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Senator Wyden Addresses His Plan To Decrease Gun Violence

Portland, Ore. – Oregon Senator Ron Wyden held a press conference in Northeast Portland regarding the mass shooting in Uvalde, Texas. He began by blasting leaders of the Republican Party who are attending a National Rifle Association convention in Houston, calling it “a shameless gathering of death.”

He then switched his message to one of unity, calling on leaders from both sides of the aisle to find common ground to pass new legislation to decrease gun violence. Adding that he supports gun ownership by law abiding citizens.

“The question of common sense gun reform is not an either-or proposition. We can protect the rights of gun ownership for law abiding people, but we got to have a new measure of safety to prevent gun violence from criminals,” Wyden said. “I’m talking about reforms like universal background checks, raising the age to buy guns, limiting guns on campuses, banning assault weapons and making sure domestic terrorists don’t have access to guns.”

Wyden recognizes many citizens may be skeptical that anything will change this time around, as meaningful gun legislation has failed to pass after a number of mass shootings in the last decade, including after the Sandy Hook Elementary School shooting where 20 children and six adults were killed. But says this time he’s hopeful that this “grassroots anguish over these atrocities” won’t lose momentum, and there will be changes.

“I believe these next 10 days are going to be some of the most important in the history of the drive to find common ground for common sense gun safety,” Wyden said, adding he is going to use the Memorial Day recess to host five virtual townhalls to discuss what can be done with his constituents, and gun rights activists. He also plans to meet with other U.S. Senators.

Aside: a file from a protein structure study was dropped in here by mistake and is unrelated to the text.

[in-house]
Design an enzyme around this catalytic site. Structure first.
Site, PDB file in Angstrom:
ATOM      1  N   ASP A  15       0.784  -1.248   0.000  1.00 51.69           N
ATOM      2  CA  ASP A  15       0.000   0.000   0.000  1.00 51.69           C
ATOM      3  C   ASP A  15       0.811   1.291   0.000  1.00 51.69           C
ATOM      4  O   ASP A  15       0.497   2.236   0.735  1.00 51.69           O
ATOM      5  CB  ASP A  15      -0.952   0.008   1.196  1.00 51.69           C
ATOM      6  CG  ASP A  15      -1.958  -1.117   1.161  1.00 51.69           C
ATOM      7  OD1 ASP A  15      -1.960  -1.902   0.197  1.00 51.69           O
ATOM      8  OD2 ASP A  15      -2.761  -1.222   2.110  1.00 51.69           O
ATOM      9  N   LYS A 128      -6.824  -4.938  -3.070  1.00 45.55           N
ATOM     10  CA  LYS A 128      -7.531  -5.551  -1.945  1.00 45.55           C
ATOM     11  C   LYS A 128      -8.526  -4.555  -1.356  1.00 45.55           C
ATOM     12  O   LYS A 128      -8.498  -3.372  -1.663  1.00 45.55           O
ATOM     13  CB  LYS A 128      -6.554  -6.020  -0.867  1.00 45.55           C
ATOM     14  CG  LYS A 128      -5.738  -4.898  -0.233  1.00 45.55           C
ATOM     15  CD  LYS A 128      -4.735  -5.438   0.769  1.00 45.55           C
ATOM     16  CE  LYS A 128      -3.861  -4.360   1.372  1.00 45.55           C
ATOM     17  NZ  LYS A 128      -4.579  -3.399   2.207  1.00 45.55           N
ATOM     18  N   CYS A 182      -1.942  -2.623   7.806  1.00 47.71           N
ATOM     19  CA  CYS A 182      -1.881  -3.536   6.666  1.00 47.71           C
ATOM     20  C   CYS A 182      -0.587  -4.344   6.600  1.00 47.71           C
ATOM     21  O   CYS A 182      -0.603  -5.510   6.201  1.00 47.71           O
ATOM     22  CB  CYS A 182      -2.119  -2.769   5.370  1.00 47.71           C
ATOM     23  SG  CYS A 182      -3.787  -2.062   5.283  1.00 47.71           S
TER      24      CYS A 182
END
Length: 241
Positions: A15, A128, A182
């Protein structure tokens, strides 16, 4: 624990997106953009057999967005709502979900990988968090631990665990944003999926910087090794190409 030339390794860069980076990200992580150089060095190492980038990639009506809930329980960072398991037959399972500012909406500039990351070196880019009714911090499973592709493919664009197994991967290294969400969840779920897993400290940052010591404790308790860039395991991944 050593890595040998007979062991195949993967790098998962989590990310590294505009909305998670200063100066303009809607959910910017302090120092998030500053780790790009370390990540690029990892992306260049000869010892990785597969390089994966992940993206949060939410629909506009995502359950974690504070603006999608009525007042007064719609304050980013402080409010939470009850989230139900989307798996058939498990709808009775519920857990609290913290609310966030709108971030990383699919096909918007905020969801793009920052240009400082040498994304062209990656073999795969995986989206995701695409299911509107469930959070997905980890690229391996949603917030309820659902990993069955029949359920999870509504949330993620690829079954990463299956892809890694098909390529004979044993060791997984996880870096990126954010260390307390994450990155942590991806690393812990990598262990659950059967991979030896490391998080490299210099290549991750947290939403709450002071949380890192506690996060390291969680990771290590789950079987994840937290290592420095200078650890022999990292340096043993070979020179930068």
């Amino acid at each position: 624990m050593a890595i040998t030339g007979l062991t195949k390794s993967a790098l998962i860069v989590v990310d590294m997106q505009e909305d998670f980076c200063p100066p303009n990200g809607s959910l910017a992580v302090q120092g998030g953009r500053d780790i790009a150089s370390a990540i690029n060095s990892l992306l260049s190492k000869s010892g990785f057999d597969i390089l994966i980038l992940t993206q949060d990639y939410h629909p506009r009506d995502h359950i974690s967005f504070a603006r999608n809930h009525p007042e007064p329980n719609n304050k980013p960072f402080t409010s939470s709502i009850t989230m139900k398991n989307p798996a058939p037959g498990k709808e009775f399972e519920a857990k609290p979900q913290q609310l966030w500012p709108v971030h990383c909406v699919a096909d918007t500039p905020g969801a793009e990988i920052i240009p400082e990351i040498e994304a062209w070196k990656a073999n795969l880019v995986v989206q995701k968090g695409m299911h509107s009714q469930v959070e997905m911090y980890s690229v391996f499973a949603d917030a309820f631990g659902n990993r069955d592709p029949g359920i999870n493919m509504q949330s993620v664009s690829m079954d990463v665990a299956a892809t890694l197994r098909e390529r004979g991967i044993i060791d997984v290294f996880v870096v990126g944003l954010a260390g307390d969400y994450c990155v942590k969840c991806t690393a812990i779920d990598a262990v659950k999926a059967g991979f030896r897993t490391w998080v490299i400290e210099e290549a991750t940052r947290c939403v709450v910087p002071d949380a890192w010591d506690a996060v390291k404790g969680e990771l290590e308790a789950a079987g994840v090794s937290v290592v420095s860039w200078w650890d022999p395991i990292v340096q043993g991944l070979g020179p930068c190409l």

Another reason Wyden is hopeful that this time around things will be different is because he believes recently, some more staunch supporters of gun rights, are changing their feelings.

“I think attitudes for commons sense gun safety are really changing in rural Oregon,” Wyden said. “Kids come up to me and say, we grew up with guns, we love to hunt and fish and being out with our folks. But we got to protect families, and kids and our community.”

Wyden and his staff are specifically focusing on legislation to stop a certain type of criminal from owning firearms.

“I don’t think people who have been convicted of domestic violence should be able to have those guns. Or when they have a restraining order (against them).”

Wyden says he is also working on a major, bipartisan mental health package to hopefully give more people access to the help they need before they turn to violence.

“Senator Mike Crapo (R-ID), senior republican on the finance committee, joined with me in proposing a major mental health package to really strengthen what this country does in that area,” Though Wyden added, this doesn’t serve as a replacement for new, meaningful gun legislation. “I’m all in on beefing up mental health services, focusing on schools, getting additional counselors. I just don’t want anyone to walk away with argument that, that’s somehow the entire solution.”

The senator concluded by saying he doesn’t think the questionable response time from Uvalde changes the necessity for more protections against gun violence. Though he does support a federal investigation into the matter.

“One of the questions I want to look at is, were there federal funds involved in someway in this whole security arrangement,” Wyden concluded.

The event took place right next to a daycare, so Wyden had this to say

“Sometimes they go on these cool little walks and wave to me. What that’s all about, when they’re out there with their caregivers here in our hometown, is that we owe them their future. The memories of far too many young people, and Oregonians, and nationwide, who’ve had their futures ripped from them by gun violence ought to be on our minds today.”


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